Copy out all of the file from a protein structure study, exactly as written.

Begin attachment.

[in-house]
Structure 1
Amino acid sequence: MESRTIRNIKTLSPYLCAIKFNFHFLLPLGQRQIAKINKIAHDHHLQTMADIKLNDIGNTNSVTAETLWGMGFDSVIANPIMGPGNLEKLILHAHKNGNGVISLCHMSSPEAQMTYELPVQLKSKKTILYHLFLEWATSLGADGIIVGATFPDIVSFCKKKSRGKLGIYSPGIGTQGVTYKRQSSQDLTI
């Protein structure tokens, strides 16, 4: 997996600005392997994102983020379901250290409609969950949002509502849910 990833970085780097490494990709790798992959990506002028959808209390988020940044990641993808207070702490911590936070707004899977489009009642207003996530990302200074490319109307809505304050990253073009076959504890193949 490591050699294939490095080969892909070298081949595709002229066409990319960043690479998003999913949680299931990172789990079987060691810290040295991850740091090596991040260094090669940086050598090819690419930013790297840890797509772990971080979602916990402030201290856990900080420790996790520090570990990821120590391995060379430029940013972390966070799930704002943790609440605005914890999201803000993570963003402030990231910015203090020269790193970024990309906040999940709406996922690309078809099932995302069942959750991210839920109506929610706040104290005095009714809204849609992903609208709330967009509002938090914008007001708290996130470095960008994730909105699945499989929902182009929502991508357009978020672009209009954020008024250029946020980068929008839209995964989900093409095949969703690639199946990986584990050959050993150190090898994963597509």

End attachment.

[in-house]
Structure 1
Amino acid sequence: MESRTIRNIKTLSPYLCAIKFNFHFLLPLGQRQIAKINKIAHDHHLQTMADIKLNDIGNTNSVTAETLWGMGFDSVIANPIMGPGNLEKLILHAHKNGNGVISLCHMSSPEAQMTYELPVQLKSKKTILYHLFLEWATSLGADGIIVGATFPDIVSFCKKKSRGKLGIYSPGIGTQGVTYKRQSSQDLTI
């Protein structure tokens, strides 16, 4: 997996600005392997994102983020379901250290409609969950949002509502849910 990833970085780097490494990709790798992959990506002028959808209390988020940044990641993808207070702490911590936070707004899977489009009642207003996530990302200074490319109307809505304050990253073009076959504890193949 490591050699294939490095080969892909070298081949595709002229066409990319960043690479998003999913949680299931990172789990079987060691810290040295991850740091090596991040260094090669940086050598090819690419930013790297840890797509772990971080979602916990402030201290856990900080420790996790520090570990990821120590391995060379430029940013972390966070799930704002943790609440605005914890999201803000993570963003402030990231910015203090020269790193970024990309906040999940709406996922690309078809099932995302069942959750991210839920109506929610706040104290005095009714809204849609992903609208709330967009509002938090914008007001708290996130470095960008994730909105699945499989929902182009929502991508357009978020672009209009954020008024250029946020980068929008839209995964989900093409095949969703690639199946990986584990050959050993150190090898994963597509």